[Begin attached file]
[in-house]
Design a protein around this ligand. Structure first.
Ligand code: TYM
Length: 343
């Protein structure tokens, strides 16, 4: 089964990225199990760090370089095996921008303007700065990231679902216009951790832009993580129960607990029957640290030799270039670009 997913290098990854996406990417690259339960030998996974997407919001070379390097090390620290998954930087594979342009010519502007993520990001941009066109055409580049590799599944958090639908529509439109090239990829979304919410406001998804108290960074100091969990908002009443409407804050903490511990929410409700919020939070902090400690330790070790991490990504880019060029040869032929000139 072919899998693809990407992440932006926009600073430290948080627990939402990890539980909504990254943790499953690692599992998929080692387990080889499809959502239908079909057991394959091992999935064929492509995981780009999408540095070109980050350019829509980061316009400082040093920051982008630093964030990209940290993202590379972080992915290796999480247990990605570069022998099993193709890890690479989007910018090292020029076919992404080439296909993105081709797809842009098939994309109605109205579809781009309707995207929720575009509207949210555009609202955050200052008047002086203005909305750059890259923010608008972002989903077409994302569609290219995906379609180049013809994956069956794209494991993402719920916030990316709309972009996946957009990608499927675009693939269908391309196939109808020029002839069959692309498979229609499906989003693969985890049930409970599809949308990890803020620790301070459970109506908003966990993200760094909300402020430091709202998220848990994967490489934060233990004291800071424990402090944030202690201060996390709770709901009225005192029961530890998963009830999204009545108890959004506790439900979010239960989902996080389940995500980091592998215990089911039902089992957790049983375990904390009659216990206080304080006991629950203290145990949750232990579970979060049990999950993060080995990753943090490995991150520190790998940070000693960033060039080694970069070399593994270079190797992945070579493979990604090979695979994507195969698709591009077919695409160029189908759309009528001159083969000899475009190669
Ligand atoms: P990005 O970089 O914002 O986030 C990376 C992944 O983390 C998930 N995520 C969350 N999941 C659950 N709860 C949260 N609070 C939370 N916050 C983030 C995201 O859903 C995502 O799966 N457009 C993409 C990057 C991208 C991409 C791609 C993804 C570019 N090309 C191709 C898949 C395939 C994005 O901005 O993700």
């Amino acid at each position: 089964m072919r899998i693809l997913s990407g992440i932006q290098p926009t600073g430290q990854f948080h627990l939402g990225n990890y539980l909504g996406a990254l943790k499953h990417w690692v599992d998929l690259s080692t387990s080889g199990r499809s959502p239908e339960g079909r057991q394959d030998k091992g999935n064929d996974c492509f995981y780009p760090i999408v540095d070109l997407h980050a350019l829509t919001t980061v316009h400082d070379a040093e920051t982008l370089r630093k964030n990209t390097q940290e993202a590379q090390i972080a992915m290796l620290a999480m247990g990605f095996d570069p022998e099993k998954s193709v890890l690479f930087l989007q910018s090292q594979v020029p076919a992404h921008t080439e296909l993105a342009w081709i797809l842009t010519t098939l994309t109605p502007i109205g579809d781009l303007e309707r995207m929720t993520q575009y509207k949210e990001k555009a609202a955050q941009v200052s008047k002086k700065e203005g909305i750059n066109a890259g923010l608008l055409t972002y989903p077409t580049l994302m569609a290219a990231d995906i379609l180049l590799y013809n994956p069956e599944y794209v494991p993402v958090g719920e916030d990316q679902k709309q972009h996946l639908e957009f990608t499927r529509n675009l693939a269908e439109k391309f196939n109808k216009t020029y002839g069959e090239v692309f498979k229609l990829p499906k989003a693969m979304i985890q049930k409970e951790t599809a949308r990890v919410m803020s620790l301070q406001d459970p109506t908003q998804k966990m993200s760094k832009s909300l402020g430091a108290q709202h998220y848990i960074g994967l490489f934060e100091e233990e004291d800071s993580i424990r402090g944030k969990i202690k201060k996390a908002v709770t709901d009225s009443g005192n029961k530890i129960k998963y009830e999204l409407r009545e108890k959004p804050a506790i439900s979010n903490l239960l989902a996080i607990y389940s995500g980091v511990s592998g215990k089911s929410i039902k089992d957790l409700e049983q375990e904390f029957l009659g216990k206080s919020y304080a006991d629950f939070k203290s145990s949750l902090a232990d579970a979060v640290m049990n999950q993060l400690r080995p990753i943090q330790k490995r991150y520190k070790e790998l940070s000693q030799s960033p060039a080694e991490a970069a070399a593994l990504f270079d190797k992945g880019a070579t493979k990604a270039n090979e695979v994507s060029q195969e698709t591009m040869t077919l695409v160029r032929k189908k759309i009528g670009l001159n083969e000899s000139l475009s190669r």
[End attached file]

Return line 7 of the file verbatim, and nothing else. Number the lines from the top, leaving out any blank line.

């Amino acid at each position: 089964m072919r899998i693809l997913s990407g992440i932006q290098p926009t600073g430290q990854f948080h627990l939402g990225n990890y539980l909504g996406a990254l943790k499953h990417w690692v599992d998929l690259s080692t387990s080889g199990r499809s959502p239908e339960g079909r057991q394959d030998k091992g999935n064929d996974c492509f995981y780009p760090i999408v540095d070109l997407h980050a350019l829509t919001t980061v316009h400082d070379a040093e920051t982008l370089r630093k964030n990209t390097q940290e993202a590379q090390i972080a992915m290796l620290a999480m247990g990605f095996d570069p022998e099993k998954s193709v890890l690479f930087l989007q910018s090292q594979v020029p076919a992404h921008t080439e296909l993105a342009w081709i797809l842009t010519t098939l994309t109605p502007i109205g579809d781009l303007e309707r995207m929720t993520q575009y509207k949210e990001k555009a609202a955050q941009v200052s008047k002086k700065e203005g909305i750059n066109a890259g923010l608008l055409t972002y989903p077409t580049l994302m569609a290219a990231d995906i379609l180049l590799y013809n994956p069956e599944y794209v494991p993402v958090g719920e916030d990316q679902k709309q972009h996946l639908e957009f990608t499927r529509n675009l693939a269908e439109k391309f196939n109808k216009t020029y002839g069959e090239v692309f498979k229609l990829p499906k989003a693969m979304i985890q049930k409970e951790t599809a949308r990890v919410m803020s620790l301070q406001d459970p109506t908003q998804k966990m993200s760094k832009s909300l402020g430091a108290q709202h998220y848990i960074g994967l490489f934060e100091e233990e004291d800071s993580i424990r402090g944030k969990i202690k201060k996390a908002v709770t709901d009225s009443g005192n029961k530890i129960k998963y009830e999204l409407r009545e108890k959004p804050a506790i439900s979010n903490l239960l989902a996080i607990y389940s995500g980091v511990s592998g215990k089911s929410i039902k089992d957790l409700e049983q375990e904390f029957l009659g216990k206080s919020y304080a006991d629950f939070k203290s145990s949750l902090a232990d579970a979060v640290m049990n999950q993060l400690r080995p990753i943090q330790k490995r991150y520190k070790e790998l940070s000693q030799s960033p060039a080694e991490a970069a070399a593994l990504f270079d190797k992945g880019a070579t493979k990604a270039n090979e695979v994507s060029q195969e698709t591009m040869t077919l695409v160029r032929k189908k759309i009528g670009l001159n083969e000899s000139l475009s190669r």